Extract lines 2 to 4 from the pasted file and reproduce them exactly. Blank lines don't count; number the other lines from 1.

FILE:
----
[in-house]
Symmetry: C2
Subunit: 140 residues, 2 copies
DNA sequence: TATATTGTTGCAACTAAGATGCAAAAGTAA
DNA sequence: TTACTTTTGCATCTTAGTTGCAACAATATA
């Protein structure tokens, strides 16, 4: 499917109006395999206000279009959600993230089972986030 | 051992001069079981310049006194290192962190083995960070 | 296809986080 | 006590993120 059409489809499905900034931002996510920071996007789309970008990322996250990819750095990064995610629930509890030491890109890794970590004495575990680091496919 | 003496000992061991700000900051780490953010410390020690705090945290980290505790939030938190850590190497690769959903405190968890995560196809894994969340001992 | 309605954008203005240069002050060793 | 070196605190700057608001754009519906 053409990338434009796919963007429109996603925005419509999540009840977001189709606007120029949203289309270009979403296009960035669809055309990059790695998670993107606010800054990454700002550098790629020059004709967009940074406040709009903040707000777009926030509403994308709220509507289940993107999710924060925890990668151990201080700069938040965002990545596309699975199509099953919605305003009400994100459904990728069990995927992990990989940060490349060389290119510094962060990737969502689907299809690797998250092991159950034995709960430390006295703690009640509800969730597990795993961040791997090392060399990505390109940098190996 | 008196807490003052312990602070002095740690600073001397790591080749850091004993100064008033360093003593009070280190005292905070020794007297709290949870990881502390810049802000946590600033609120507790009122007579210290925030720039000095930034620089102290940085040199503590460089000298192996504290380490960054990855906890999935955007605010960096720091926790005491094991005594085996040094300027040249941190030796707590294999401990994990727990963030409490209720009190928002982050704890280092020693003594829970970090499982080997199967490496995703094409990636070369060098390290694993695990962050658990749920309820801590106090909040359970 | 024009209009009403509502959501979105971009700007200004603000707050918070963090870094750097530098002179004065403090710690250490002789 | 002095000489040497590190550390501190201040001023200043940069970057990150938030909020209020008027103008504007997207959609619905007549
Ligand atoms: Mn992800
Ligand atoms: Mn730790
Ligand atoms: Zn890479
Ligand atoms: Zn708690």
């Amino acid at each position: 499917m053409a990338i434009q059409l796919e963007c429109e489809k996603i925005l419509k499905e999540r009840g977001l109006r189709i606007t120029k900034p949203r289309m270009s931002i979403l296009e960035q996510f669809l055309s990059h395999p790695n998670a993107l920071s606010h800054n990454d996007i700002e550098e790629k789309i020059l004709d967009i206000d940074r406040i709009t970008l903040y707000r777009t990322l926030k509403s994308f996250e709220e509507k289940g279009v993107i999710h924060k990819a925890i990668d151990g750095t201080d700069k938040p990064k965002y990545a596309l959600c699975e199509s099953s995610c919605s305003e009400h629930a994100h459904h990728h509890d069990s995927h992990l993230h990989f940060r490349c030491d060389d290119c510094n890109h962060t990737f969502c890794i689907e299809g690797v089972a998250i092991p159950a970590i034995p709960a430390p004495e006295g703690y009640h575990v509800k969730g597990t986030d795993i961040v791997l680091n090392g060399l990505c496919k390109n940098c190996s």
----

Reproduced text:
Symmetry: C2
Subunit: 140 residues, 2 copies
DNA sequence: TATATTGTTGCAACTAAGATGCAAAAGTAA